That is exactly what our attitude should be toward God—thankful praise to Him.
“For the LORD is good; his mercy is everlasting: and his truth endureth to all generations” (Psalm 100:5).
Thank God His mercy is everlasting. How can we not be thankful for that?
“Sing unto the LORD, O ye saints of his, and give thanks at the remembrance of his holiness” (Psalm 30:4).
He is holy, yet He loves us enough to die on the cross to pay our debt. Christians have much to thank Him for and should give thanks to Him continually.
“I will praise the name of God with a song, and will magnify him with thanksgiving. This also shall please the LORD better than an ox or bullock that hath horns and hoofs” (Psalm 69:30-31).
Oh, how we need to magnify Him with thanksgiving! He gives us everything, yet we take it for granted. There are not enough hours in a day to thank God for what He has given to us. Brothers and sisters, don’t be shy in your praises for Him and your gratitude for salvation. Not only is He alone worthy of our praise, but people hearing our praise of God might be reminded of their own blessings and remember to thank Him.
“O come, let us sing unto the LORD: let us make a joyful noise to the rock of our salvation. Let us come before his presence with thanksgiving, and make a joyful noise unto him with psalms. For the LORD is a great God, and a great King above all gods” (Psalm 95:1-3).
Yes He is. Thank Him and praise Him.
“In every thing give thanks: for this is the will of God in Christ Jesus concerning you” (1 Thessalonians 5:18).
This doesn’t say to give thanks “for every thing” but give thanks “ineverything.” There is a difference. We all face troubles and have concerns such as disease, loss of a loved one, children who rebel, jobs that are stressful, and much more. It’s easy to thank Him when life is sailing along and we have no troubles, but we need to remember to thank Him when things aren’t so smooth as well.
He is with us during the good times, but He is also there in the troubled times. We need to thank Him in those troubled times because He is still God and He still loves us. Jesus told His disciples of troubles to come, but He also told them to turn to Him.
“These things I have spoken unto you, that in me ye might have peace. In the world ye shall have tribulation: but be of good cheer; I have overcome the world” (John 16:33).
Turn to Him in the good times and bad, and in all things give thanks. Thank You, Jesus.
Don’t forget to thank Him when He blesses you with a miracle. When Jesus walked this earth He healed many people. On one occasion there were ten men who had the dreaded disease of leprosy. They were outcasts required to stay away from people who were not infected by the disease. As Jesus was traveling to Jerusalem these ten men saw Him and cried out to Him for mercy. Jesus told them to show themselves to the priest and as they went to do that they were all healed:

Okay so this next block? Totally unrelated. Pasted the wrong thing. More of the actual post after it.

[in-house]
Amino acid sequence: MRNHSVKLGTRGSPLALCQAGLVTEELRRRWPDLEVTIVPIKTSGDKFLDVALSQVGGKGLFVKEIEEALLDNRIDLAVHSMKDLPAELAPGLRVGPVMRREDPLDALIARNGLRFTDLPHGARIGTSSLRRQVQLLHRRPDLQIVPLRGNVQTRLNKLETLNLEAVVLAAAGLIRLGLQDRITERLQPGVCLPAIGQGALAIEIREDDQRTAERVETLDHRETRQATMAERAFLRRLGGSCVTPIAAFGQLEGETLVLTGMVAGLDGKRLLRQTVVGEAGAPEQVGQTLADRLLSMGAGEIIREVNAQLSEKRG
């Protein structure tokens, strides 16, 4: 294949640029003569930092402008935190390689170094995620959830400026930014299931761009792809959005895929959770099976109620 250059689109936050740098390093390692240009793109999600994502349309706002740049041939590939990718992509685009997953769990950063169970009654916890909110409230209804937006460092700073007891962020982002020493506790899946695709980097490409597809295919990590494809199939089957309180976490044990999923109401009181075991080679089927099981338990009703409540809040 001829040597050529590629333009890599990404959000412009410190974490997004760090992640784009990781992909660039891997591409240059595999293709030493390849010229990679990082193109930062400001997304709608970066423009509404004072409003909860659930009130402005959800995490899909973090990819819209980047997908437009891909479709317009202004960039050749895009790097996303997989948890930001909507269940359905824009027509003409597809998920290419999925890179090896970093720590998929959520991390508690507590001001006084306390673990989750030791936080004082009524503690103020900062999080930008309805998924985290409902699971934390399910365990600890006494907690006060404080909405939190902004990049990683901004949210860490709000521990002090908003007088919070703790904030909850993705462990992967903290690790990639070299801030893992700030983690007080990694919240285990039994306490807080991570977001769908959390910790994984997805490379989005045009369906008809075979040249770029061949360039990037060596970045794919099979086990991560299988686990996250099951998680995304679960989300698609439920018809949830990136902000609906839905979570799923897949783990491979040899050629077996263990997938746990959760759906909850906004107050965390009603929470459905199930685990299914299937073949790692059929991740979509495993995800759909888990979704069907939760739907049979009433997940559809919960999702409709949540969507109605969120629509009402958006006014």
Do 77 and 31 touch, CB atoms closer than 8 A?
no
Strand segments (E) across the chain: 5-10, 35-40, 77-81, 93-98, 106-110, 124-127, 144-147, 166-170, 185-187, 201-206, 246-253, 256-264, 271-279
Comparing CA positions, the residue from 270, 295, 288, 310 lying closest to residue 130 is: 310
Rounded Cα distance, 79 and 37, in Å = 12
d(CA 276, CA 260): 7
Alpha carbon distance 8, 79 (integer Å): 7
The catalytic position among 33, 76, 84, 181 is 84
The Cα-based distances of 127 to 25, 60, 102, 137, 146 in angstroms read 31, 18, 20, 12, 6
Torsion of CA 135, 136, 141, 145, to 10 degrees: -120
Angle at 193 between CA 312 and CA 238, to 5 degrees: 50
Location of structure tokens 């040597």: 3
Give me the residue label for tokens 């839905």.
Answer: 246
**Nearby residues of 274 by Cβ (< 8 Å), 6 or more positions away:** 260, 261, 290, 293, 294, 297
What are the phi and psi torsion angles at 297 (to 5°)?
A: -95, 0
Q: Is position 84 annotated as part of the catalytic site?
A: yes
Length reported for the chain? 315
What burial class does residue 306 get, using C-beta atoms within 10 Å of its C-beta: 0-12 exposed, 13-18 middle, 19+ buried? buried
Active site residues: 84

“And one of them, when he saw that he was healed, turned back, and with a loud voice glorified God, and fell down on his face at his feet, giving him thanks: and he was a Samaritan” (Luke 17:15-16).
Only one thanked Him, yet all ten were healed. Every one of us is filled with the disease called sin. Only through Jesus is that disease healed, but do we take the time to thank Him? We might cry out to Him for mercy when our sin causes us pain, but do we thank Him when we receive it? Do we thank Him for the once for all sacrifice He made to pay the debt of our sin? Christians still sin, but through Christ’s blood we are forgiven. That precious gift of salvation isn’t to be taken lightly and we need to thank Him continually.
Christ paid a huge price to purchase our salvation. He left Heaven and entered His creation as a man. He healed the sick, raised the dead, restored sight to the blind, and most of all He paid our sin-debt on the cross of Calvary. Only by accepting His death, burial, and resurrection are we allowed the privilege of eternal life with Him. Have you thanked Him for that lately? Or, are you like the nine lepers who just couldn’t be bothered to say, “Thank You, Jesus” and to worship Him.
Each year the United States takes the fourth Thursday in November and calls it Thanksgiving Day. There are parades, turkey dinners, football games, and family get-togethers. Most people are thankful for a day off of work or safe travel to Grandma’s house. But have you thanked God for the blessings He gives? Every blessing we have comes from Him, and fall on those who reject Him—as well as those who accept Him. (I often wonder just who the atheist thanks on Thanksgiving Day.)
Without Jesus as Creator, the world would not exist; without Him as Saviour eternal life for the Christian would not exist.
“Giving thanks always for all things unto God and the Father in the name of our Lord Jesus Christ” (Ephesians 5:20).
Every day we need to remember God’s love for us and thank Him.
God bless you all,